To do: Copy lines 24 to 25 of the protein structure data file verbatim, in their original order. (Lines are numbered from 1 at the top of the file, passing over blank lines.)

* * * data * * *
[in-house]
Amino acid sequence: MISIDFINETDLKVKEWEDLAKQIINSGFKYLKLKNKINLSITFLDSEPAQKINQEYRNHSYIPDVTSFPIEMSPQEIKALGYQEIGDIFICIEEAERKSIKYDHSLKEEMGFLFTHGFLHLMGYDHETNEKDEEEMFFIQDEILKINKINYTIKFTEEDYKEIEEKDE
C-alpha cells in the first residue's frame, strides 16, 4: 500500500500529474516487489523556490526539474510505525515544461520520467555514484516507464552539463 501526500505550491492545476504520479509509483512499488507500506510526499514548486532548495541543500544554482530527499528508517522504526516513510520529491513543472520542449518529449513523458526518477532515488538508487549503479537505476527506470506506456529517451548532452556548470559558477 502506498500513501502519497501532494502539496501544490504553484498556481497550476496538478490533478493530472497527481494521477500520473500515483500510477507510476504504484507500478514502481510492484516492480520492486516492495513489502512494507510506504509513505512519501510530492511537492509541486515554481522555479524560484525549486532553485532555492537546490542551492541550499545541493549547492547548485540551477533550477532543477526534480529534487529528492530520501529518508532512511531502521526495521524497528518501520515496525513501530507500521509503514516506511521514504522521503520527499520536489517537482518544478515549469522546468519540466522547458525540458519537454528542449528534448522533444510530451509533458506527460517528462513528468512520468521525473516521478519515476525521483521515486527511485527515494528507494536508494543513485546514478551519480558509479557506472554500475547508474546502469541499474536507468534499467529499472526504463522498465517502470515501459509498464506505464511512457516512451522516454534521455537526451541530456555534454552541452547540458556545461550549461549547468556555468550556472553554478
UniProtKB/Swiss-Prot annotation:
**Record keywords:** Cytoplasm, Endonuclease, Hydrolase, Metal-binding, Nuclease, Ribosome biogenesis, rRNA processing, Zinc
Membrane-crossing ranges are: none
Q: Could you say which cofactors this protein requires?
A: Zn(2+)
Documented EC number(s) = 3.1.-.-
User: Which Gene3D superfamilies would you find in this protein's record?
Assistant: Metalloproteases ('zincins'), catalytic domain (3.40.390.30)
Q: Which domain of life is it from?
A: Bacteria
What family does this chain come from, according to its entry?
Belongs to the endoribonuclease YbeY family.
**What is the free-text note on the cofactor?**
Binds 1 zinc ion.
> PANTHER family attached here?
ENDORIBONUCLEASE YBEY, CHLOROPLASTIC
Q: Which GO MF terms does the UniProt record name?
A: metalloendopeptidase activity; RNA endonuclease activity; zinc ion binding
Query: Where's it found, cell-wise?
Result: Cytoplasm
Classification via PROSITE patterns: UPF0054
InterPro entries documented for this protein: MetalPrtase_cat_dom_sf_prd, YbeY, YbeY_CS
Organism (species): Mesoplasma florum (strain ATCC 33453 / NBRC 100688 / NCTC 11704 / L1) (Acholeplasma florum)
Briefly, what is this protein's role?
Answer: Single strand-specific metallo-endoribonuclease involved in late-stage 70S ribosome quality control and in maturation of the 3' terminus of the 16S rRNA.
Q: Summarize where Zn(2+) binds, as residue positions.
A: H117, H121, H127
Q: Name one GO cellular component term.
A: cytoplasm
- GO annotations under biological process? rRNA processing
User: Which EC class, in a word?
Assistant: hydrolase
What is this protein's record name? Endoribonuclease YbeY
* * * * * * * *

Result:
Classification via PROSITE patterns: UPF0054
InterPro entries documented for this protein: MetalPrtase_cat_dom_sf_prd, YbeY, YbeY_CS